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Judge Rules in Favor of Detroit’s Teachers After District Spends Hundreds of Thousands in Legal Fees

Judge Rules in Favor of Detroit’s Teachers After District Spends Hundreds of Thousands in Legal Fees

Detroit Public Schools began its pursuit of teachers it held responsible for the sick-outs that resulted in several days of closed schools in January. While the lawsuit originally held 28 teachers responsible for the sick-outs, the case was eventually whittled down to just two: Steve Conn and Nicole Conway.

For those unfamiliar, Detroit schools were closed for several days after hundreds of teachers called out sick in a mass protest of poor working conditions. On one occasion, teachers protested news that they might not be receiving their earned salaries during the summer months.

The protests brought to light the many terrible conditions that Detroit teachers were enduring, such as buckling floors, moldy classrooms, leaky pipes and more. The images that teachers shared of disrepair on social media resulted in action- a batch of health inspections followed and forced school administrators to make necessary repairs.

Sick-outs would still continue, however, as the cash-strapped district warned teachers that the legislature's failure to approve an education reform bill would mean they might not receive pay over the summer. Teachers protested only until a district official promised under no circumstances would the district fail to pay teachers their earned salaries.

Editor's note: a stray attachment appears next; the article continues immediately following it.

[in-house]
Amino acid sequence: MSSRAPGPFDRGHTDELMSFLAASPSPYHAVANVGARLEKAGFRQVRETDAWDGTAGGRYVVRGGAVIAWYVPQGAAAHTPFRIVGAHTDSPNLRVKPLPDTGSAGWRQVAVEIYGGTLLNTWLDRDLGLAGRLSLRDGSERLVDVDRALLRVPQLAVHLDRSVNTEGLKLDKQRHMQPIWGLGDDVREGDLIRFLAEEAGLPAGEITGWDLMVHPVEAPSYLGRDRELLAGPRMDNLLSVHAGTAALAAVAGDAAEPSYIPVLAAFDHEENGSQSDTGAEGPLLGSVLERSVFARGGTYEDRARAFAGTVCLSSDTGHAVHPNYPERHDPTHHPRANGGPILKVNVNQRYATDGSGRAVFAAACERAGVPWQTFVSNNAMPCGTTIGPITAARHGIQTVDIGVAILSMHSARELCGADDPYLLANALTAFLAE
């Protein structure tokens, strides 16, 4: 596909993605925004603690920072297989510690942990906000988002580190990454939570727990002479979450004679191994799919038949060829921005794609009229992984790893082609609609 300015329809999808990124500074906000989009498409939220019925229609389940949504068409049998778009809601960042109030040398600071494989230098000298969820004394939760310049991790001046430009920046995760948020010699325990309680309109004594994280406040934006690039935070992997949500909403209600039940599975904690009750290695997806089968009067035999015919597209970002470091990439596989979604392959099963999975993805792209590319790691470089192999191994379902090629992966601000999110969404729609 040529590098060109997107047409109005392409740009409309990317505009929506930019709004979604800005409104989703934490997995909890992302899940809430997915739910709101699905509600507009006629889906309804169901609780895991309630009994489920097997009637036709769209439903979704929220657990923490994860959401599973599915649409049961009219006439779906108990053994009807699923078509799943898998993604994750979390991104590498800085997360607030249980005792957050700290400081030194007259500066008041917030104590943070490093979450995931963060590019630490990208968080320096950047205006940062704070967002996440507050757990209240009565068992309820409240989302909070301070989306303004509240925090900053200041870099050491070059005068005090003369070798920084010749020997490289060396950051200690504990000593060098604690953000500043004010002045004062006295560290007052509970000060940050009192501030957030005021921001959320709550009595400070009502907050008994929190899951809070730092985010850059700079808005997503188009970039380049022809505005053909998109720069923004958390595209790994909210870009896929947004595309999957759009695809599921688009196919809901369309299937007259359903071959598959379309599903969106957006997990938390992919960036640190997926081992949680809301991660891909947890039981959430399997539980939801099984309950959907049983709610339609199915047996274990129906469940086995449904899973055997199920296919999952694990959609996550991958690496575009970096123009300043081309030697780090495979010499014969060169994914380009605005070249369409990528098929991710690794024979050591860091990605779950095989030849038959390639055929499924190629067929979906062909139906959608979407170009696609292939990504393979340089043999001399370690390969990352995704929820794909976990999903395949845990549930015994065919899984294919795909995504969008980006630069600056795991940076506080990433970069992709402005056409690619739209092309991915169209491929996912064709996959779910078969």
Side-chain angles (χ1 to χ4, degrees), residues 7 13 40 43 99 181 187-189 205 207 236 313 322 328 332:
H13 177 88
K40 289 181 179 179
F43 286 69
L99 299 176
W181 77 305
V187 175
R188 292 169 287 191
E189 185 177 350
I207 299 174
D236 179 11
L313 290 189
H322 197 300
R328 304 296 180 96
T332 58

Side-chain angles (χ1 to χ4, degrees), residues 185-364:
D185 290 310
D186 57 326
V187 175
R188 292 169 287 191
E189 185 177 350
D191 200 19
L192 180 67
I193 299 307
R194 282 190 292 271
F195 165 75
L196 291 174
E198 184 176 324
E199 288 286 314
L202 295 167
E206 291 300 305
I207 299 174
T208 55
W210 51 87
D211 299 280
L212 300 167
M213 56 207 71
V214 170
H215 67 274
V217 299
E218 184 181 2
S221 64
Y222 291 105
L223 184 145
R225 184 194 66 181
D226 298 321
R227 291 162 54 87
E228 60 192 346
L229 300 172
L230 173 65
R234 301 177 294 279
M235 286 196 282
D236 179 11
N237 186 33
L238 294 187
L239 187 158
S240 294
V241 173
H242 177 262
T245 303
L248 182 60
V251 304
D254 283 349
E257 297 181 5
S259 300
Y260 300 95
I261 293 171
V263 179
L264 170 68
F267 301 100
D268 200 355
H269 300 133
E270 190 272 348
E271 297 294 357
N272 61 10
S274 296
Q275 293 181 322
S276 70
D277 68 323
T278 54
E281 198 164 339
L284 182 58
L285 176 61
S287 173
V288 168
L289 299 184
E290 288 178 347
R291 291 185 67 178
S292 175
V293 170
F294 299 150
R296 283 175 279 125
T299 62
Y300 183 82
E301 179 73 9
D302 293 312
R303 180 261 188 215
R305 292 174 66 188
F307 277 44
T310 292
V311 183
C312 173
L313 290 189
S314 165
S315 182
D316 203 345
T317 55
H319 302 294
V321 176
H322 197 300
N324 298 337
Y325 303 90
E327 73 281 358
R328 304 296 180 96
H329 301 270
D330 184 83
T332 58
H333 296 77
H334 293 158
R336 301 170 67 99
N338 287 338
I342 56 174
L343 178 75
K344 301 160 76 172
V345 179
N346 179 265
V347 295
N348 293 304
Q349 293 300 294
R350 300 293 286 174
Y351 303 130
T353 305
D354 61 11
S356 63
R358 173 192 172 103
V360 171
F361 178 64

This summer, the district received backlash once again after it spent a reported $285,000 in legal fees in its pursuit of Conn and Conway.

According to The Detroit News, DPS officials opted to go outside of the in-house lawyers available to them, instead paying a premium to ensure legal persecution of Conn and Conway.

The news of the district’s legal fees circulated during a time when the district’s schools were forced to close repeatedly over the summer due to lack of air conditioning .

Over 50 schools in the district do not have air conditioning, forcing them to dismiss students early as summer temperatures rose.

The says the district’s legal fees ultimately cost $320,000, a tab that the state picked up.

The judge who ruled against the district, Cynthia Diane Stephens, ruled in favor of the teachers because she said their protests were a demonstration of their free speech right to petition their government.

"Here, the vast majority of the speech attributable to defendants concerns complaints to the state government to rectify educational, financial and structural problems in the Detroit Public School District, and not issues concerning the rights, privileges or conditions of their employment,” she said.

Read more about the ruling here.

Nicole Gorman, Senior Education World Contributor


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